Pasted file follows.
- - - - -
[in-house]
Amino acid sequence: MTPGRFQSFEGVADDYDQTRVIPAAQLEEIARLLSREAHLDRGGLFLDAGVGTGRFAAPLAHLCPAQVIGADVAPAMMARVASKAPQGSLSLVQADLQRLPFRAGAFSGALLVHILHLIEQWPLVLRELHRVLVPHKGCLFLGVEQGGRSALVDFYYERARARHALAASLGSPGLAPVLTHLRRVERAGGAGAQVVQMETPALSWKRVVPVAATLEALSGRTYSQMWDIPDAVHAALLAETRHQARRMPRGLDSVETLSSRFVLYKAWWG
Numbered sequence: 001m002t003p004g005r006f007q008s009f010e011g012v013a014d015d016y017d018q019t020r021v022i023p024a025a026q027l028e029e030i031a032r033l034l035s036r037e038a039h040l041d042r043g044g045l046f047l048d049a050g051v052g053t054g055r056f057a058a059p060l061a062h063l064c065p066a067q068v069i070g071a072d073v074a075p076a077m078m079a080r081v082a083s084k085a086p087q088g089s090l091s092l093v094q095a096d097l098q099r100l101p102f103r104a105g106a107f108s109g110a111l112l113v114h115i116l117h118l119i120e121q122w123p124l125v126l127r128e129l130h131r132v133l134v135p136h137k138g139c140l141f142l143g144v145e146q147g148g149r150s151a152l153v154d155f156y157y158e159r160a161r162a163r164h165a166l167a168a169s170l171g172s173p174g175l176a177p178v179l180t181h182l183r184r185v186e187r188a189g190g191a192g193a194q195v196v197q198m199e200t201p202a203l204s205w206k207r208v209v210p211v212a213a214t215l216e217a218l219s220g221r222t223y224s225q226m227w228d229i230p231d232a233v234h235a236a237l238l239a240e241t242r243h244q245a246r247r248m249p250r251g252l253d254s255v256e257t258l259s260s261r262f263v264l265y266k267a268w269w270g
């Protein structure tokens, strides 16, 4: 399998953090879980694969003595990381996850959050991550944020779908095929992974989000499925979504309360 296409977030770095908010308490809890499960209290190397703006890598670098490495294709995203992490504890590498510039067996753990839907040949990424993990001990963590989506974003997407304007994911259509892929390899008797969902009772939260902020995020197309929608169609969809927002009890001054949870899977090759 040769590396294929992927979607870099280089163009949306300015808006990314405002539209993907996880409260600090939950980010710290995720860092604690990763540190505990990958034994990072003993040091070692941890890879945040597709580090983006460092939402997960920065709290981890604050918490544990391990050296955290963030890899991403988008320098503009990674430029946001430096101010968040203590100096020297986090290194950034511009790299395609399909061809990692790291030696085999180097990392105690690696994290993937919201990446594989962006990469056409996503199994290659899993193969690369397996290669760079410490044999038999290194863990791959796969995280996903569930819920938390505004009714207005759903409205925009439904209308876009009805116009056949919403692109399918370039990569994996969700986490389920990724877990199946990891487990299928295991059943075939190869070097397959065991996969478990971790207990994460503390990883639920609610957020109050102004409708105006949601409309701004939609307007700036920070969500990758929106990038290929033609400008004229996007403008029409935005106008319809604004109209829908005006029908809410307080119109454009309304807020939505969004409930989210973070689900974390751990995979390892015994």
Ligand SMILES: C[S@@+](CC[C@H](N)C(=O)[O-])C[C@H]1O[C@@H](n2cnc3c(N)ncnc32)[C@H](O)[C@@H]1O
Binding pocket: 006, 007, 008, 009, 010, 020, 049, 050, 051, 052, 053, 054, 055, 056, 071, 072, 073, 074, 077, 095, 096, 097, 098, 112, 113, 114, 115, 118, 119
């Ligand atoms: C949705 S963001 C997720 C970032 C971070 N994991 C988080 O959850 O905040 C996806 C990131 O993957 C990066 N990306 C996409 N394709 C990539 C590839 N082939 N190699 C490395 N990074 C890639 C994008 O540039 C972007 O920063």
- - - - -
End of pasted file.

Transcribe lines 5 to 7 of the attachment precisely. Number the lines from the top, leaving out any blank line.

Ligand SMILES: C[S@@+](CC[C@H](N)C(=O)[O-])C[C@H]1O[C@@H](n2cnc3c(N)ncnc32)[C@H](O)[C@@H]1O
Binding pocket: 006, 007, 008, 009, 010, 020, 049, 050, 051, 052, 053, 054, 055, 056, 071, 072, 073, 074, 077, 095, 096, 097, 098, 112, 113, 114, 115, 118, 119
């Ligand atoms: C949705 S963001 C997720 C970032 C971070 N994991 C988080 O959850 O905040 C996806 C990131 O993957 C990066 N990306 C996409 N394709 C990539 C590839 N082939 N190699 C490395 N990074 C890639 C994008 O540039 C972007 O920063």